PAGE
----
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Bailey Range 1996

Dodger Lakes to Whiskey Bend

I had set the alarm for 6 am, and Susie and I broke camp, while we heated water for coffee and cocoa. It had dropped to 25 degrees that nite, and frost covered everything. Even my wet camp shoes had frozen. We were underway by 7:25 or so, and headed like the proverbial bats from hell down the easy trail. The Long Ridge Trail is one of the most well graded trails I have ever been on. But it is very long. Really long. An aptly named trail. Regina passed us soon, and she was really booking. Dolph did too, but he stopped to cook some grits along the way. We made it to the Elwha River hiker's bridge for lunch, and the Whiskey bend trail head by 1:30. Our feet were sore from having covered so much ground so fast. Not used to it after a weekly average of 0.75 miles per hour.

A couple of observations: First, this is a superb trip if you can deal with the physical challenge and occasional exposure. I do not know of another place that is better if you cross scenery, wildlife, great campsites, and lack of difficult breathing (due to low altitude). But it ain't easy. You can do it in less time, but why spend only 5 minutes eating at a banquet. Relax (if you can) and enjoy it. Secondly, this crew moved much slower than the '87 graduates. One of the factors may have been that all the folks on this trip had done the Chitistone Canyon trip in Wrangell-St. Elias in '95. This route requires crossing the "Goat Trail," which is perhaps 1.3 miles (2 hours) of walking with a very high level of continual exposure. Will and his wife Barbara had both taken a fall on that trip near the end of the Goat Trail, and while they sustained no serious injuries, I think it left an impression with all of us. If you are to survive on difficult backpacking routes, it is essential to slow down, and pick every step to make sure it is the best. The consequence of not doing so can be fatal.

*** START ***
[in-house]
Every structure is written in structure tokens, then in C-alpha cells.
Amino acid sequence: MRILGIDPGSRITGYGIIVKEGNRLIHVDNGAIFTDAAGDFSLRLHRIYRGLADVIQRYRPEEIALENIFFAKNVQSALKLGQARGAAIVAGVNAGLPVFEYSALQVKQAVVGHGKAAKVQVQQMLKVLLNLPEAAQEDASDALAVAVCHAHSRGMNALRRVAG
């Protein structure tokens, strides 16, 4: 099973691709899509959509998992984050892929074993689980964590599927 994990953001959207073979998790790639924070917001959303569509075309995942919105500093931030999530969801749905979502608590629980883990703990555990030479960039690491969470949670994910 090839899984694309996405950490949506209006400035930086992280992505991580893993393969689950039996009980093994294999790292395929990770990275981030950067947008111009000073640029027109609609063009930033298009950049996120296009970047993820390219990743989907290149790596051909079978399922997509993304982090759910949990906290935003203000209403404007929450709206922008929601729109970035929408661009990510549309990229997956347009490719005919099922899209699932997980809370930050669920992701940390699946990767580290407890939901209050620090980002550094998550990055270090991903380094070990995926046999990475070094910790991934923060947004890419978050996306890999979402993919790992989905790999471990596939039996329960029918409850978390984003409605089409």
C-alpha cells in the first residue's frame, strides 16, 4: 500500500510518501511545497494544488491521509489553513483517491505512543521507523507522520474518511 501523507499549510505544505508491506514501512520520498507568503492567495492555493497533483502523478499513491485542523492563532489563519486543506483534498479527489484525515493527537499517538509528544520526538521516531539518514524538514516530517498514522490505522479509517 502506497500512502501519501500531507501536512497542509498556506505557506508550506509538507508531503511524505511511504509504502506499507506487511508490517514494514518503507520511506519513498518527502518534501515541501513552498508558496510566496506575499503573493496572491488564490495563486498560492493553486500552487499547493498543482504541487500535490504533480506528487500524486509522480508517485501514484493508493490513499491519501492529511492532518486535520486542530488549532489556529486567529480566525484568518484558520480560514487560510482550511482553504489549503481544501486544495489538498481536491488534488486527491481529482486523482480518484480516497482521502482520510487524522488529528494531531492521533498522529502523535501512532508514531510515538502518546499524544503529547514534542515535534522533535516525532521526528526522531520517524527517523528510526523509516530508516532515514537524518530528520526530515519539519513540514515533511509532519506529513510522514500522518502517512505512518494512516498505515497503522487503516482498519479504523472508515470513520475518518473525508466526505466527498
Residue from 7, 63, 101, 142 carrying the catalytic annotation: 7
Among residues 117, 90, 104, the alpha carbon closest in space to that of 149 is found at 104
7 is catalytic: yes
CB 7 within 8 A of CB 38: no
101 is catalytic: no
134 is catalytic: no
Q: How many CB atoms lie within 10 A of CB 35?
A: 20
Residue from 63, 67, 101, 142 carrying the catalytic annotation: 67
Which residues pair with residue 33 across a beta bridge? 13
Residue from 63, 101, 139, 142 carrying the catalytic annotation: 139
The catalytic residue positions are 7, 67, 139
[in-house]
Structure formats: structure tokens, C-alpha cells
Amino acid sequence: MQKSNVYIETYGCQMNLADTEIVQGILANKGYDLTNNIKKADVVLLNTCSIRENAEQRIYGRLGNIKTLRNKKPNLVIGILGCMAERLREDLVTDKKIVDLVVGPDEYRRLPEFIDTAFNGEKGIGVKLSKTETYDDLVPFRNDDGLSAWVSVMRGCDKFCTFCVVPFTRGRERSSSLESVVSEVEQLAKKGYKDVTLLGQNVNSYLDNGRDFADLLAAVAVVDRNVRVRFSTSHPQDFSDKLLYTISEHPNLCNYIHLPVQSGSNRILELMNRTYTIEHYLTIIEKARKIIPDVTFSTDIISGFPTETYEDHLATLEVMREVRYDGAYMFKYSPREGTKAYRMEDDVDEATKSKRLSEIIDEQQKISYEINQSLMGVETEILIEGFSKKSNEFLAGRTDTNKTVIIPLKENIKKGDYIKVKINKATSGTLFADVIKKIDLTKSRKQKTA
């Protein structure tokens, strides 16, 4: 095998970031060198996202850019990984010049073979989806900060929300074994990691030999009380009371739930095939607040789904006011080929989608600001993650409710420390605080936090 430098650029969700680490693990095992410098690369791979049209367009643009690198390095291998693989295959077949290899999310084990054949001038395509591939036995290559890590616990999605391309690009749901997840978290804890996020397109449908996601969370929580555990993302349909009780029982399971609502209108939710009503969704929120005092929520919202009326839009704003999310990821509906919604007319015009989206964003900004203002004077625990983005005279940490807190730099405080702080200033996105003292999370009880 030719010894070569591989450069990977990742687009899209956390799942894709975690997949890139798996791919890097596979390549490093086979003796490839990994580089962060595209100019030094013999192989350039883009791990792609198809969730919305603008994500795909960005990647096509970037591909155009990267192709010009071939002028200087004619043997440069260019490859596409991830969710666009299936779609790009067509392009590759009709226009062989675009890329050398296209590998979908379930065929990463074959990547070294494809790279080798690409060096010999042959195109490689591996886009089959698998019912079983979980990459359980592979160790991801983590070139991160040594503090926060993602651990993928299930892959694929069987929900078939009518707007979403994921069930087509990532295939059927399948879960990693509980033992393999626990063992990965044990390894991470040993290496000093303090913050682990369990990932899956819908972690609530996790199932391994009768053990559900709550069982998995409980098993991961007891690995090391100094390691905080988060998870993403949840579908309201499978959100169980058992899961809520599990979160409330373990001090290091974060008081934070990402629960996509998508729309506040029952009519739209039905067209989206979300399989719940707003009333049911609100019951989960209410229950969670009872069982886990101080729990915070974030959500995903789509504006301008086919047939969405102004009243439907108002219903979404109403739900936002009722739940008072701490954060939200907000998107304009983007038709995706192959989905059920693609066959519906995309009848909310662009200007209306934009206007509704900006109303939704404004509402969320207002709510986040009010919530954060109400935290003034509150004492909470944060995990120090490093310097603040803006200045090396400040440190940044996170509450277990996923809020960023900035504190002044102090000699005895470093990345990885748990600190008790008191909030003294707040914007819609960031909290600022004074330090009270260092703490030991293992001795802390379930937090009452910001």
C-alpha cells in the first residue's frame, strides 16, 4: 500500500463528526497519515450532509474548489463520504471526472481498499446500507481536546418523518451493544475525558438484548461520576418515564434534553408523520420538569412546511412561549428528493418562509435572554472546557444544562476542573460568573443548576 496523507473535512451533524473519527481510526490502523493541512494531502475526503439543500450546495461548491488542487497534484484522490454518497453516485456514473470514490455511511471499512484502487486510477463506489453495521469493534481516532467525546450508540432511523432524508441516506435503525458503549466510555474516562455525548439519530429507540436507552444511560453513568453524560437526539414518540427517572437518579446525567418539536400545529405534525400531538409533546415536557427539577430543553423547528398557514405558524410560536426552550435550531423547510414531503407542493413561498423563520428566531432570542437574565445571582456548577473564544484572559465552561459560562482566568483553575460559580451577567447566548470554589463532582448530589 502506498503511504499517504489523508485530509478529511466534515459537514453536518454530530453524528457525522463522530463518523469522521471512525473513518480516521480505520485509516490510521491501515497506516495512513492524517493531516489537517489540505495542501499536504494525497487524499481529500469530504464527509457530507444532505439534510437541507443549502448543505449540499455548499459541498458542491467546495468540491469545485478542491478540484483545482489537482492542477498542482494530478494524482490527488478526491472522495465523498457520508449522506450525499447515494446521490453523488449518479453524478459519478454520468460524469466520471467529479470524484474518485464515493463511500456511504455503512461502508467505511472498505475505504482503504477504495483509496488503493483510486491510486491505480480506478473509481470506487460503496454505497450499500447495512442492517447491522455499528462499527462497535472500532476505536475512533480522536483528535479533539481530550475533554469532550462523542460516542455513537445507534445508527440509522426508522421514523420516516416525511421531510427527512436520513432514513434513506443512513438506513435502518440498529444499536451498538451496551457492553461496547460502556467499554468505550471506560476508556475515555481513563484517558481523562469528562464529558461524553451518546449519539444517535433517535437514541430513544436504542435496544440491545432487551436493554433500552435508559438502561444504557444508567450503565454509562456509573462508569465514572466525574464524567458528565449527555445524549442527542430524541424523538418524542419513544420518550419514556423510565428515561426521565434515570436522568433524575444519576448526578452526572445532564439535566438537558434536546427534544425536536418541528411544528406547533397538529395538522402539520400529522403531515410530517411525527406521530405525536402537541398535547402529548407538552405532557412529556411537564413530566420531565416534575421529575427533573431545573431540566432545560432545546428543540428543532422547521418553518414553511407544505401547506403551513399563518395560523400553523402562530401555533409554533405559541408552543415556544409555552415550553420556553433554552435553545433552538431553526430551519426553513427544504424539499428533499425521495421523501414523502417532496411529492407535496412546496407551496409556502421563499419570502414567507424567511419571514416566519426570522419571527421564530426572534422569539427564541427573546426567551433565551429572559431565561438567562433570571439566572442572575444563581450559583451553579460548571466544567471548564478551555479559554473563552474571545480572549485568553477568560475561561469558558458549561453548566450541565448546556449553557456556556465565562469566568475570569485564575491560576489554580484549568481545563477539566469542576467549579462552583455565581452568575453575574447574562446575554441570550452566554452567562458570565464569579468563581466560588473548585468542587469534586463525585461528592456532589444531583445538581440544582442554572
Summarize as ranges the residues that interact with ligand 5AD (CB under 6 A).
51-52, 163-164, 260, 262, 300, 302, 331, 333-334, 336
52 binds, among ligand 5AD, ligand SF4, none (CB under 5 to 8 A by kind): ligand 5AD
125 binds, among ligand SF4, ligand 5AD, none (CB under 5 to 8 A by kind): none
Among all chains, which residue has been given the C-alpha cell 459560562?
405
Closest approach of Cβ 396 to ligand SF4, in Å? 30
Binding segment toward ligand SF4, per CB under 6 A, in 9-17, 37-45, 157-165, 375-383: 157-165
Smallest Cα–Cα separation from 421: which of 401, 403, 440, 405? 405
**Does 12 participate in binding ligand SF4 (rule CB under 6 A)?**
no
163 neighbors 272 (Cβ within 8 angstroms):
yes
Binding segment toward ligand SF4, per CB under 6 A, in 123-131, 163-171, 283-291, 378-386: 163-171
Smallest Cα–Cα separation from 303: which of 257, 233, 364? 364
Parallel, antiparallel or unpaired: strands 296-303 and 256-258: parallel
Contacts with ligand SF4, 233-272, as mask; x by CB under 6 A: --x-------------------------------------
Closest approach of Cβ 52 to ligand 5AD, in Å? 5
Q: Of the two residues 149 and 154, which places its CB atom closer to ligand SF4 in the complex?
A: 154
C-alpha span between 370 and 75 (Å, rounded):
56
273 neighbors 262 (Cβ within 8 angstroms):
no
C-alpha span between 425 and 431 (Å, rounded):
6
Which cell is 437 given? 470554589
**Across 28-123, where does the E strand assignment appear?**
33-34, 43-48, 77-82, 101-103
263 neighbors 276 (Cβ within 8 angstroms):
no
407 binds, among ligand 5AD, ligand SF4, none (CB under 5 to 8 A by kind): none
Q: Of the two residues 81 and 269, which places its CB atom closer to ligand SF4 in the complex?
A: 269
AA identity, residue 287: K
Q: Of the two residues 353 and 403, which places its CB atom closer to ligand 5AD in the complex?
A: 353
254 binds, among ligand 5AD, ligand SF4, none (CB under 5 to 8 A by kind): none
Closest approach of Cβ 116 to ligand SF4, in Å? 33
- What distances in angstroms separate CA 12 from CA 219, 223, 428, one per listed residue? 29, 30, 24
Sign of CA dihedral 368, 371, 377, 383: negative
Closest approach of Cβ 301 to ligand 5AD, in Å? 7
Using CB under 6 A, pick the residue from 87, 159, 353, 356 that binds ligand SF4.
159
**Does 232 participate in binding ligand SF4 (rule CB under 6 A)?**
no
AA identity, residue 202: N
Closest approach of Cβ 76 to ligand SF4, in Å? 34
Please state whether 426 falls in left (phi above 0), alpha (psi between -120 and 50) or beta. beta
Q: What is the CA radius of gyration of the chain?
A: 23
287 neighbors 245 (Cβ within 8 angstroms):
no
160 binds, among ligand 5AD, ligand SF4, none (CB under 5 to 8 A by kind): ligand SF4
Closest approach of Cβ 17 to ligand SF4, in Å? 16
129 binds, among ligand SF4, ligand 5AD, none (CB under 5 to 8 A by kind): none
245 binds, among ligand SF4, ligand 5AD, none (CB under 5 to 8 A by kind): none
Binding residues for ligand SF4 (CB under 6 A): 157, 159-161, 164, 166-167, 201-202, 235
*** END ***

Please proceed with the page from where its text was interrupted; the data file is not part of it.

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Roger A. Jenkins, 1996